If the subdivision is greater than 13 lots, the Owners Corporation must elect a committee which consists of a minimum of three lot owners and no more than 12 lot owners. The committee is responsible for making decisions on behalf of the Owners Corporation. The Owners Corporation can also appoint a manager. If the manager receives a fee, the manager must be registered with the Consumer Affairs Office. The Owners Corporation sets the annual fees to cover general administration, maintenance and insurance and it may also set a special levy to cover any extraordinary items required to undertake the repair and maintenance of the common property.
To take out and pay insurance premiums.
An Owners Corporation must take out public liability cover for $10 million over the common property and is also obliged to take out reinstatement and replacement insurance for buildings on the common property.
To keep an Owners Corporation register
An Owners Corporation must keep a register which details the following:
- The Owners Corporation plan number and address
- The name and address of each lot owner
- The name of the manager and contact details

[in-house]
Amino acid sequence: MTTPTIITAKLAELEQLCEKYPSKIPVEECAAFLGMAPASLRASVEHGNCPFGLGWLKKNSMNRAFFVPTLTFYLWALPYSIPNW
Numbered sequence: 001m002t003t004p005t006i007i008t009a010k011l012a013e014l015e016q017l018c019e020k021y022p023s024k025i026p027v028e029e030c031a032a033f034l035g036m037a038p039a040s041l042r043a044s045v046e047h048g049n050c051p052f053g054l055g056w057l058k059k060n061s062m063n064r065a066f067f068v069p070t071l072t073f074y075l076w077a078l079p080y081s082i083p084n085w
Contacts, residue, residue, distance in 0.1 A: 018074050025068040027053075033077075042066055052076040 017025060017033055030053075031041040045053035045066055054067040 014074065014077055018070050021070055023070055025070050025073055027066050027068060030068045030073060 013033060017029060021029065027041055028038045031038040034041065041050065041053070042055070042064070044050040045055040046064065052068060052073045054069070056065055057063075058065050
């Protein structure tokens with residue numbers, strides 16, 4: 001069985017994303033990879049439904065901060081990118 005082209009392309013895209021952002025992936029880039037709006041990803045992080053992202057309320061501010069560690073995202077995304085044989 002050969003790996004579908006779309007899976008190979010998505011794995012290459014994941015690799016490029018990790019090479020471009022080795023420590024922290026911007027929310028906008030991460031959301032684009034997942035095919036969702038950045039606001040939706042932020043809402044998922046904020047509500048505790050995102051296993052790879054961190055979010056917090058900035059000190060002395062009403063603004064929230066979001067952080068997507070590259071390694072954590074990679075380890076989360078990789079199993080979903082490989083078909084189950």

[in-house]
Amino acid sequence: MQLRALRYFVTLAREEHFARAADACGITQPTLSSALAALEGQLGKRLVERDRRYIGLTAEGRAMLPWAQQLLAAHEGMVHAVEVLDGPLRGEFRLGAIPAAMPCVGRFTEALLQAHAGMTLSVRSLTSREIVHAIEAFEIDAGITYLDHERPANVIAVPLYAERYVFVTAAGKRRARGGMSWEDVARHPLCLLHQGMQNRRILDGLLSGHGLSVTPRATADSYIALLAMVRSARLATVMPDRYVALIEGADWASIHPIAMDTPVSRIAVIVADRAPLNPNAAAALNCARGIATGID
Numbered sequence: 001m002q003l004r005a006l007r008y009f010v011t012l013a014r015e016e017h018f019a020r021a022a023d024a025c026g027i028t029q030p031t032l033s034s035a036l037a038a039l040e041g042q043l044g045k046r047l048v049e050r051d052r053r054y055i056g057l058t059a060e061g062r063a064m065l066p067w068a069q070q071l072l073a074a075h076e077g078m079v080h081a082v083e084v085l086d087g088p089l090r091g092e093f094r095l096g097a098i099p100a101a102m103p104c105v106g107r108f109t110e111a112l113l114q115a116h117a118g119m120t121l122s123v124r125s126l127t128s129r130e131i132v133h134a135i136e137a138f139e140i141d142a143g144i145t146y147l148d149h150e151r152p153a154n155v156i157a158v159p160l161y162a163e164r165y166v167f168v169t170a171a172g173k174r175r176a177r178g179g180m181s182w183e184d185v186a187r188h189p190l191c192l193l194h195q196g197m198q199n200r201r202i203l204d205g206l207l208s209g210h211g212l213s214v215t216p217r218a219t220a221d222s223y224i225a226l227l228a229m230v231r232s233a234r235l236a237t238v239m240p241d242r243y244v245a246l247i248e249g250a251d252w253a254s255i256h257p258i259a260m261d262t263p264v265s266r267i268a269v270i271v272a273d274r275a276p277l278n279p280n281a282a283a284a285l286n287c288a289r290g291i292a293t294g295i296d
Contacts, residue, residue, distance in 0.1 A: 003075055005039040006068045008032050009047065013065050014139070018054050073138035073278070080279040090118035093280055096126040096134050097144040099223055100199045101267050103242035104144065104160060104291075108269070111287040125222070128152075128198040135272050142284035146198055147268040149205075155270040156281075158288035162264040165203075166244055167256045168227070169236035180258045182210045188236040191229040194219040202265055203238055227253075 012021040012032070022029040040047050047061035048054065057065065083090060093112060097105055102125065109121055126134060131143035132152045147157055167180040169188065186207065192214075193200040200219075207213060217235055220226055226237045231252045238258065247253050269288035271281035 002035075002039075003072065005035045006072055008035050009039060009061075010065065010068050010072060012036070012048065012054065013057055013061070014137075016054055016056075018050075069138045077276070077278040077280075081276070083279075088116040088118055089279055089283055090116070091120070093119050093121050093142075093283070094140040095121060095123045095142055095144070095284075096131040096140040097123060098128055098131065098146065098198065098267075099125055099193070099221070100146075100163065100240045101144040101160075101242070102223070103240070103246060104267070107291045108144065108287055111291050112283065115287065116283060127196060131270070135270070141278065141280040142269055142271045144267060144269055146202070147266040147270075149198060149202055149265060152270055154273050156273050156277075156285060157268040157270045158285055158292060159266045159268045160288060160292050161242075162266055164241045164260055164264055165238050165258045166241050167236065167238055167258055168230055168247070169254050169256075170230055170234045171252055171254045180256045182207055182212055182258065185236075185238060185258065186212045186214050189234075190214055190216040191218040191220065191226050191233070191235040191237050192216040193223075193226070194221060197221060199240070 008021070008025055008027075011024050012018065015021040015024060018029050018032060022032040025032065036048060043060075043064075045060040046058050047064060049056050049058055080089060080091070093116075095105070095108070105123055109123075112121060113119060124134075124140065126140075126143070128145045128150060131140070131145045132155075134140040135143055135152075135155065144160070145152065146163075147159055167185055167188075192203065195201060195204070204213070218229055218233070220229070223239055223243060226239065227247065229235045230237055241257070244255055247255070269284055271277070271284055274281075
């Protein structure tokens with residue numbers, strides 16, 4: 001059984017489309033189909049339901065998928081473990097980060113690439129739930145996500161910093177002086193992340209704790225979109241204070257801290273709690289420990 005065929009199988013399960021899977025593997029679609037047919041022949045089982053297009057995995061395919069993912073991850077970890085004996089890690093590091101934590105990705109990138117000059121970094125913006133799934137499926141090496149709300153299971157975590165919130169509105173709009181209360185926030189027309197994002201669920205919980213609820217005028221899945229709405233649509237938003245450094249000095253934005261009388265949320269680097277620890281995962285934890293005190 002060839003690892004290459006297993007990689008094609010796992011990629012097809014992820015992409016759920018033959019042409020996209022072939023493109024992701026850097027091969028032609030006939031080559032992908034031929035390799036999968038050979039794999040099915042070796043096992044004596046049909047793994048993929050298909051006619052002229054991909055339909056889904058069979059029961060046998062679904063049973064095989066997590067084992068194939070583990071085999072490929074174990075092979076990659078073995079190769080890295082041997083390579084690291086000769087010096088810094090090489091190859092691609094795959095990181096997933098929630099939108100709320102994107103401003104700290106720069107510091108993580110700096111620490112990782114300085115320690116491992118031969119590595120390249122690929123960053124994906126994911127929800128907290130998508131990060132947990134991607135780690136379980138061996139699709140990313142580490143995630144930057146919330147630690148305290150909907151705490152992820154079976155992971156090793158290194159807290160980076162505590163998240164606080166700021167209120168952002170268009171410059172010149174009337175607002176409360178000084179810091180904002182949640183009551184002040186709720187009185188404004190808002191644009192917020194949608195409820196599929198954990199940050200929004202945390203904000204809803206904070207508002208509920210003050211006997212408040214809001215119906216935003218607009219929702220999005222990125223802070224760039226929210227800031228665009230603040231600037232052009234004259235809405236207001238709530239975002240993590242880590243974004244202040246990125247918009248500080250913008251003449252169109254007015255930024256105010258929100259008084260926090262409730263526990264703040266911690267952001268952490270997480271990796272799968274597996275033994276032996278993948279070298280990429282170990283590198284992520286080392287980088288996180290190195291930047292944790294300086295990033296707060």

- Total lot liability
- Total lot entitlement
- The date of amendments to any rules of the Owners Corporation
- Details of any notices served
- Details of contracts, leases and licences
- Details of insurance policies
To provide an Owners Corporation certificate upon request
Any person may apply to an Owners Corporation for a certificate. This certificate must be provided within 10 business days for a fee not exceeding $150.00. The certificate must contain prescribed information and be accompanied by a copy of the rules (standard model and any additional rules), a statement of advice to prospective purchasers and a copy of the last annual general meeting minutes and resolutions. The certificate and the accompanying documentation must be attached to the Vendors (Section 32) Statement when any lot on the plan of subdivision is sold.
Can an Owners Corporation bring legal proceedings?